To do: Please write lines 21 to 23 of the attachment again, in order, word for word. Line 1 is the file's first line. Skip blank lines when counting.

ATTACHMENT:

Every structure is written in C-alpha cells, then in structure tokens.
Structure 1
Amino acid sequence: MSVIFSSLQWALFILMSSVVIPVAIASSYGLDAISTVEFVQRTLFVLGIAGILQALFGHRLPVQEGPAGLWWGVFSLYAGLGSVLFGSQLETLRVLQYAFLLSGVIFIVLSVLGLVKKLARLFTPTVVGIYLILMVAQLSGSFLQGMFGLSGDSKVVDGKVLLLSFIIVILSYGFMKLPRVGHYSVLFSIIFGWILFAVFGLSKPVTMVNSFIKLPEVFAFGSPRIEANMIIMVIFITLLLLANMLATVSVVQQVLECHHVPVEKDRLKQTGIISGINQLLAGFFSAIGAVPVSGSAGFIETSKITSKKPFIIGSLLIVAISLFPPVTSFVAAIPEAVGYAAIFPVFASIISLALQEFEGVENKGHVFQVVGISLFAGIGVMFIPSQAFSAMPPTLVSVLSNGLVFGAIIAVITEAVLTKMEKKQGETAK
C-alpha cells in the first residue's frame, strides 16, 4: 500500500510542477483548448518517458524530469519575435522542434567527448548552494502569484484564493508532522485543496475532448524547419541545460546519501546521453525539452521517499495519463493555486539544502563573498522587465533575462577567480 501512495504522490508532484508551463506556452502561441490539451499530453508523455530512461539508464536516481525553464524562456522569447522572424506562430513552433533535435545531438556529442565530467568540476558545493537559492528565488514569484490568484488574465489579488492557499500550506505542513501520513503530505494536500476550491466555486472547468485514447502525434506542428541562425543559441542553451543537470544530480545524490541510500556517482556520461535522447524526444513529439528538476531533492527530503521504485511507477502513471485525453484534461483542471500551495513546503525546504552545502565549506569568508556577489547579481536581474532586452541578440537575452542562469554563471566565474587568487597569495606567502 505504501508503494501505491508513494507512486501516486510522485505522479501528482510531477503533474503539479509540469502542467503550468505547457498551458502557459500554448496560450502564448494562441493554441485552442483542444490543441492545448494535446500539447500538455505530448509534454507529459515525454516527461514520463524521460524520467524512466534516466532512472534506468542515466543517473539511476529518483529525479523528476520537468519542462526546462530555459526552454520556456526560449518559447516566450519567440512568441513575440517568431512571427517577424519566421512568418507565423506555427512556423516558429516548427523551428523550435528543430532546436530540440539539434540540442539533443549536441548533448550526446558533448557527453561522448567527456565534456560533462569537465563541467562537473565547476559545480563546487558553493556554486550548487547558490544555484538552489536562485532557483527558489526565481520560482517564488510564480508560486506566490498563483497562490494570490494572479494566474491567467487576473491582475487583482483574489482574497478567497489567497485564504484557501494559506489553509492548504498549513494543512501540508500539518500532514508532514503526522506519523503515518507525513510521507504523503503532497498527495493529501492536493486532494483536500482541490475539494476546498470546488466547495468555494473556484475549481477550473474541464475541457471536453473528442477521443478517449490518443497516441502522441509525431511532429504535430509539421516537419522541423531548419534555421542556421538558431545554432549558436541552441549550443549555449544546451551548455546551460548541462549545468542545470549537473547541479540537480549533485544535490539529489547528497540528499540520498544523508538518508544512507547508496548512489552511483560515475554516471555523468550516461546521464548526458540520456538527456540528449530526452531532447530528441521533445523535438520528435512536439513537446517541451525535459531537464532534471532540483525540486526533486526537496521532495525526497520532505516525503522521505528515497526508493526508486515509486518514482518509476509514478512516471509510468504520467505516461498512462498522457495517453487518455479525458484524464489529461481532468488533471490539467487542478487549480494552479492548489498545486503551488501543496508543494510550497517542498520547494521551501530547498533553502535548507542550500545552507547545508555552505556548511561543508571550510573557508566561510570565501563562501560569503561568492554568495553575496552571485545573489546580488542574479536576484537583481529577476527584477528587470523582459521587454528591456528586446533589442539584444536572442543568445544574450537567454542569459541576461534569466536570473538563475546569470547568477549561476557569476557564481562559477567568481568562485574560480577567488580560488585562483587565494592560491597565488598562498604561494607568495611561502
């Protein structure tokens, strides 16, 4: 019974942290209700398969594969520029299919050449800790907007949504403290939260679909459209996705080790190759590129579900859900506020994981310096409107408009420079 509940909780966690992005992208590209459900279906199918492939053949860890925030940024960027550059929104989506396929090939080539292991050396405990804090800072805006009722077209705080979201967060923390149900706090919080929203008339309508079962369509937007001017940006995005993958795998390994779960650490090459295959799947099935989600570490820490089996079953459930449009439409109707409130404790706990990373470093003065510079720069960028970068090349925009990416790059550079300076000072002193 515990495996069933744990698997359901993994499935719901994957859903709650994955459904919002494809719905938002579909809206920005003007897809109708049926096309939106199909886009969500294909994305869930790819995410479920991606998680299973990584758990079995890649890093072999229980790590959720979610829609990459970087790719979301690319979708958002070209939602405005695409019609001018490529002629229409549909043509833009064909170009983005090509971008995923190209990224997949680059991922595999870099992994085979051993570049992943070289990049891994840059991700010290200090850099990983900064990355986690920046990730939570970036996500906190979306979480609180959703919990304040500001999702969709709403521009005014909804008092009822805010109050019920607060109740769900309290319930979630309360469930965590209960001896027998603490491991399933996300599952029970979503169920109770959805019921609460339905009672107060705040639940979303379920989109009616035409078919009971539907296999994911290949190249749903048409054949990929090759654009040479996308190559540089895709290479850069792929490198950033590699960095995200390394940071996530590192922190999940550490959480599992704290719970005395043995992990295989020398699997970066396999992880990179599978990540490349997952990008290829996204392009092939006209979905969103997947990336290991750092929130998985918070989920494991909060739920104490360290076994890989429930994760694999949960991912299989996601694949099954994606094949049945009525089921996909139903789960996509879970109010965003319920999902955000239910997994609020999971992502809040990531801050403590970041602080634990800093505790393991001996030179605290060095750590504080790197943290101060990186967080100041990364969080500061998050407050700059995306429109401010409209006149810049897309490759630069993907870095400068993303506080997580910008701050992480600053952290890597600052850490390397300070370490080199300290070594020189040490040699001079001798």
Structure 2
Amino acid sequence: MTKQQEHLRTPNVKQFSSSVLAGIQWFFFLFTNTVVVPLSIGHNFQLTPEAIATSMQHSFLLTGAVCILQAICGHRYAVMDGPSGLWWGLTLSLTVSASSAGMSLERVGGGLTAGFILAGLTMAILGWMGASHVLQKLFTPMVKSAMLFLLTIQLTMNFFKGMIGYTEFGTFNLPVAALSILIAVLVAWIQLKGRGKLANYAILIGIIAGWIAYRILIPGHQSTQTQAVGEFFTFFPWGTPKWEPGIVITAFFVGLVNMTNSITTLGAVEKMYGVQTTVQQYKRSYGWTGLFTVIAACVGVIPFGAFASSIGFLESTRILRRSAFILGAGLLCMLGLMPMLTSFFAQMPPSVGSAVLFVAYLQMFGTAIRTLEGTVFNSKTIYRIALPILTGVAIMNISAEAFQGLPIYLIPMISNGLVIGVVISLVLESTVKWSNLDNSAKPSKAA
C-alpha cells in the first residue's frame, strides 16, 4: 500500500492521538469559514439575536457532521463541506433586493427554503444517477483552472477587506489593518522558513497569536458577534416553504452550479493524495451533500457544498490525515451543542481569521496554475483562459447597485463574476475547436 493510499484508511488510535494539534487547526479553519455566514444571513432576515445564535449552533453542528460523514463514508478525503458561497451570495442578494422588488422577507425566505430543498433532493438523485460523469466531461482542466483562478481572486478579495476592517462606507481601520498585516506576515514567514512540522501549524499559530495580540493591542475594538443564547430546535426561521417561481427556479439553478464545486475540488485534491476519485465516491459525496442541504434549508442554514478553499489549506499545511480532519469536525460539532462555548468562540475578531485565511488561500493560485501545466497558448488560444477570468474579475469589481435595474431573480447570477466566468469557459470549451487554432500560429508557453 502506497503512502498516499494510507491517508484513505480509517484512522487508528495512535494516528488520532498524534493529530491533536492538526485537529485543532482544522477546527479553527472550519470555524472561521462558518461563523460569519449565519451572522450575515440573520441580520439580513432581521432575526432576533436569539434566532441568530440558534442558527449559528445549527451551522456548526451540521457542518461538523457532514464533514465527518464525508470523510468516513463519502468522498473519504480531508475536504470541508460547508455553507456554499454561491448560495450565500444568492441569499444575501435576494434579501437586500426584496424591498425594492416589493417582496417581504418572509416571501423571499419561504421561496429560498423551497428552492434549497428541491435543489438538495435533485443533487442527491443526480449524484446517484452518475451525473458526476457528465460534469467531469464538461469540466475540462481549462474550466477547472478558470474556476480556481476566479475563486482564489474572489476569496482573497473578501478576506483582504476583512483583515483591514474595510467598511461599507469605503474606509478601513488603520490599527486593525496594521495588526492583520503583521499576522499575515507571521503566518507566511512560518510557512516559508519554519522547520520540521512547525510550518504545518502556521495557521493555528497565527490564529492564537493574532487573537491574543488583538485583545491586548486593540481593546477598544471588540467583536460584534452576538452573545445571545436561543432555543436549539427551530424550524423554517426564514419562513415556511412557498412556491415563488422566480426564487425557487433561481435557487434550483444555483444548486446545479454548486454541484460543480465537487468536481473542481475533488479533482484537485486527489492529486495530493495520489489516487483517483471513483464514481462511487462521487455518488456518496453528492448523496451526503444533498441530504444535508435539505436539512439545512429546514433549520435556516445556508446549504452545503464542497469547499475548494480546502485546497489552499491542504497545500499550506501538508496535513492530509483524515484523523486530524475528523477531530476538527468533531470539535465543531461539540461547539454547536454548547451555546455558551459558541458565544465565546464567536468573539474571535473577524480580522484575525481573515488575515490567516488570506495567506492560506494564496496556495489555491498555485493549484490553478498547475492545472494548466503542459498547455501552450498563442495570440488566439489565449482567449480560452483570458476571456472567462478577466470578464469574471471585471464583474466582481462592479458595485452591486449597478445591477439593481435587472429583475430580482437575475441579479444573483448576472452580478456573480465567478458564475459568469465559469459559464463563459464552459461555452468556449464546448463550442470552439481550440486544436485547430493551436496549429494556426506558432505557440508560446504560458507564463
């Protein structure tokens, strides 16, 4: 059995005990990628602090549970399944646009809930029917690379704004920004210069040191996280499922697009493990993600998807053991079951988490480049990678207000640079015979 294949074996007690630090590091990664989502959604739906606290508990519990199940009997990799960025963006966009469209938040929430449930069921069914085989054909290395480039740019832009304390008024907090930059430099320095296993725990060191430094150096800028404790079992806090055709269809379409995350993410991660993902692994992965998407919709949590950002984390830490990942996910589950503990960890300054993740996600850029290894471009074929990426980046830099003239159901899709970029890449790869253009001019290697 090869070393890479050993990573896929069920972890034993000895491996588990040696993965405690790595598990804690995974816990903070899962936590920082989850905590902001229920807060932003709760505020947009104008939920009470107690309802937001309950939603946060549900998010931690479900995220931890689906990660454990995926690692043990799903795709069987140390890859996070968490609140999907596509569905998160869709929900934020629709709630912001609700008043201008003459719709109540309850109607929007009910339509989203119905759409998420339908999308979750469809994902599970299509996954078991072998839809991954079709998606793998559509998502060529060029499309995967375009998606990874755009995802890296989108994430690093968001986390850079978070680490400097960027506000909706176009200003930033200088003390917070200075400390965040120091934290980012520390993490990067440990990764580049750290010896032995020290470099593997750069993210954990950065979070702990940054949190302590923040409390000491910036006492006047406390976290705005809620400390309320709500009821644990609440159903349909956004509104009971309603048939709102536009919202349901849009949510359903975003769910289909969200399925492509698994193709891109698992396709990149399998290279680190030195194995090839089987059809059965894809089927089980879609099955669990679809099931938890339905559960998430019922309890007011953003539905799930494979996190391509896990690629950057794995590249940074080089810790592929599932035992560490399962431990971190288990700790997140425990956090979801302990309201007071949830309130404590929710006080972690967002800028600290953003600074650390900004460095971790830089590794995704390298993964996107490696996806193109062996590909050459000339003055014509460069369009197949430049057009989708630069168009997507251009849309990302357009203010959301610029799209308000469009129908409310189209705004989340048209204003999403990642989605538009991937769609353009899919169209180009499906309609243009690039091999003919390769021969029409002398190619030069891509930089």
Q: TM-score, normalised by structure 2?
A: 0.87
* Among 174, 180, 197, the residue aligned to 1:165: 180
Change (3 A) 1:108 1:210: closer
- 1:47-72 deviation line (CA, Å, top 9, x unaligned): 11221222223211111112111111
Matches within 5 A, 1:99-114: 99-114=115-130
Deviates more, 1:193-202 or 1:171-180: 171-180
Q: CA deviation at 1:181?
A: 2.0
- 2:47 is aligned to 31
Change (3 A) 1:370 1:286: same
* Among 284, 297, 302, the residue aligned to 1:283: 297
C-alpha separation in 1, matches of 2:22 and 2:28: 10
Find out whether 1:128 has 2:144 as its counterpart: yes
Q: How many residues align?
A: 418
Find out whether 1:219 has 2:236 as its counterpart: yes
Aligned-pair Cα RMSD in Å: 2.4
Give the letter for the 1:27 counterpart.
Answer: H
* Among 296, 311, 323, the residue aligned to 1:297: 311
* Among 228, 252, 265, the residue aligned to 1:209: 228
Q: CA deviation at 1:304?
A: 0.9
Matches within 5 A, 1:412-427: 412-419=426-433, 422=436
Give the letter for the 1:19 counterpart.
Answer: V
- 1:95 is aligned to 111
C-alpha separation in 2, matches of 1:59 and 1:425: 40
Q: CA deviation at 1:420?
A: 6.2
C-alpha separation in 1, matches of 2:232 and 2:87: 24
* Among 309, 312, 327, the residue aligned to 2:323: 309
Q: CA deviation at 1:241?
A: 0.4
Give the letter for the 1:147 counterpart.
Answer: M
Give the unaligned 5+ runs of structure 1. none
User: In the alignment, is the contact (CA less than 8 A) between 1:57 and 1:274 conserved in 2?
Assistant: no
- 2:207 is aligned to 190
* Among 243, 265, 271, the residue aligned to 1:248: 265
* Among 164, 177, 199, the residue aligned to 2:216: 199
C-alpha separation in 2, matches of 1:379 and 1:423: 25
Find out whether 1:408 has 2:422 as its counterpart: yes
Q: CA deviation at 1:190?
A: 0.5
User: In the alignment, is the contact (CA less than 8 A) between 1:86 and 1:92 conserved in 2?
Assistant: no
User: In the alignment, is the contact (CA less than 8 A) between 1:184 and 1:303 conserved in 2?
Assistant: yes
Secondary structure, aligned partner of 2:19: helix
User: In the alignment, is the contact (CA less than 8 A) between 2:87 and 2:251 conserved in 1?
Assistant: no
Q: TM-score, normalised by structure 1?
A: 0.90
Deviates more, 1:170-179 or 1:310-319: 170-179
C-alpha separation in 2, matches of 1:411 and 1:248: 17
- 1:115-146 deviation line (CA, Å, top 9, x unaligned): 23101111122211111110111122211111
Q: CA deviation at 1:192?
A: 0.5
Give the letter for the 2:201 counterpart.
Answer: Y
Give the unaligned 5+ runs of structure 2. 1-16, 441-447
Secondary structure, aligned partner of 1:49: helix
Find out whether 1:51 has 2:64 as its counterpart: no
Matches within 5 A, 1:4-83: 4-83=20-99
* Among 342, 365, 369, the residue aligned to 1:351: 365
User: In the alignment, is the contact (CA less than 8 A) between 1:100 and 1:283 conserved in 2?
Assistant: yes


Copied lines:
* Among 284, 297, 302, the residue aligned to 1:283: 297
C-alpha separation in 1, matches of 2:22 and 2:28: 10
Find out whether 1:128 has 2:144 as its counterpart: yes